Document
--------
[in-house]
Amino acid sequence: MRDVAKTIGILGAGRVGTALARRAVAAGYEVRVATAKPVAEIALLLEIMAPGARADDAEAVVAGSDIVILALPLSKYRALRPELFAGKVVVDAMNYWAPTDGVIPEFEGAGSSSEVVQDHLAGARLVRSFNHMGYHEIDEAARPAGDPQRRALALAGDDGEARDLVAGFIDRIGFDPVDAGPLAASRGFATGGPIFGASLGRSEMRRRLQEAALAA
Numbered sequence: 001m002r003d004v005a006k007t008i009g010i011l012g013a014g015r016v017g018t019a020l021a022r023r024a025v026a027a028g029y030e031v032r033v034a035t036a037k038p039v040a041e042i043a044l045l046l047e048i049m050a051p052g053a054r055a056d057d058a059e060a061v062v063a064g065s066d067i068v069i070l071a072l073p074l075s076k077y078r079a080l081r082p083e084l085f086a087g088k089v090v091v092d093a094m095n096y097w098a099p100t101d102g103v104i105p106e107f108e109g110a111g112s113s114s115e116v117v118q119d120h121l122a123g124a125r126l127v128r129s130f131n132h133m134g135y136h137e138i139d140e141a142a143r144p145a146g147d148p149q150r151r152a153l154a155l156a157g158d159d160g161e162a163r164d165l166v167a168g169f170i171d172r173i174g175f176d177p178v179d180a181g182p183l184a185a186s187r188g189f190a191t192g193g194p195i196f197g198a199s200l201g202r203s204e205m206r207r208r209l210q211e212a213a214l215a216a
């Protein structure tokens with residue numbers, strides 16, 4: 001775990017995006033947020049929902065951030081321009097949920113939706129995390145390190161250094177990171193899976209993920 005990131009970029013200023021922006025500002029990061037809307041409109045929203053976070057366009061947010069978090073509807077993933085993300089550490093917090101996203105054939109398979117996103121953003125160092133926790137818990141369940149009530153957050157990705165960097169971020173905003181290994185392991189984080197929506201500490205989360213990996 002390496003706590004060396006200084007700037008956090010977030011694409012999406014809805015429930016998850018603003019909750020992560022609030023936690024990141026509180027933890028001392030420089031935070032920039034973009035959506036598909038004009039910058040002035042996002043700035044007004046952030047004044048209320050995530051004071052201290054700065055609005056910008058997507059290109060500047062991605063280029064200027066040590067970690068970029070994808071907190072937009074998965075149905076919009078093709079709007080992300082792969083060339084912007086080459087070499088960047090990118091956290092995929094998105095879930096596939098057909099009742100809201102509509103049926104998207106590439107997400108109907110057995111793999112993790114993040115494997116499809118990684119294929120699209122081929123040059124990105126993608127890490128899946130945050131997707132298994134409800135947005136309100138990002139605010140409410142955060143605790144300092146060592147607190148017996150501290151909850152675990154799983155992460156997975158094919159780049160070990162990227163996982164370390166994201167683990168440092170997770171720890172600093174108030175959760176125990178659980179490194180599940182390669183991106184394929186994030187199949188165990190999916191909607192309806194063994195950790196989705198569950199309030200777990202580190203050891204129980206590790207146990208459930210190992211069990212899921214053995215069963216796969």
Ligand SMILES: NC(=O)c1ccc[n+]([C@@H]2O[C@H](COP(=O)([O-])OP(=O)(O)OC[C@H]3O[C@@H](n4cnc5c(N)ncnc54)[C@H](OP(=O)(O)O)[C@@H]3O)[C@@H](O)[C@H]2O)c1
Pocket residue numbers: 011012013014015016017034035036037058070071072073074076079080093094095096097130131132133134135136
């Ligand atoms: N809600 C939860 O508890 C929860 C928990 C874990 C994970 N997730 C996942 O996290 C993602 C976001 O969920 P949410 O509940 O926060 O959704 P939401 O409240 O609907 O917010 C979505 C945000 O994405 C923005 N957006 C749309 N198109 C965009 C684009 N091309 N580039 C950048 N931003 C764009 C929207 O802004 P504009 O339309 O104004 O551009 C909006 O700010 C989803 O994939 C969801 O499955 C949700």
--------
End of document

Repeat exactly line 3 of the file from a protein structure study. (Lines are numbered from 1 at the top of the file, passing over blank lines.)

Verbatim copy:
Numbered sequence: 001m002r003d004v005a006k007t008i009g010i011l012g013a014g015r016v017g018t019a020l021a022r023r024a025v026a027a028g029y030e031v032r033v034a035t036a037k038p039v040a041e042i043a044l045l046l047e048i049m050a051p052g053a054r055a056d057d058a059e060a061v062v063a064g065s066d067i068v069i070l071a072l073p074l075s076k077y078r079a080l081r082p083e084l085f086a087g088k089v090v091v092d093a094m095n096y097w098a099p100t101d102g103v104i105p106e107f108e109g110a111g112s113s114s115e116v117v118q119d120h121l122a123g124a125r126l127v128r129s130f131n132h133m134g135y136h137e138i139d140e141a142a143r144p145a146g147d148p149q150r151r152a153l154a155l156a157g158d159d160g161e162a163r164d165l166v167a168g169f170i171d172r173i174g175f176d177p178v179d180a181g182p183l184a185a186s187r188g189f190a191t192g193g194p195i196f197g198a199s200l201g202r203s204e205m206r207r208r209l210q211e212a213a214l215a216a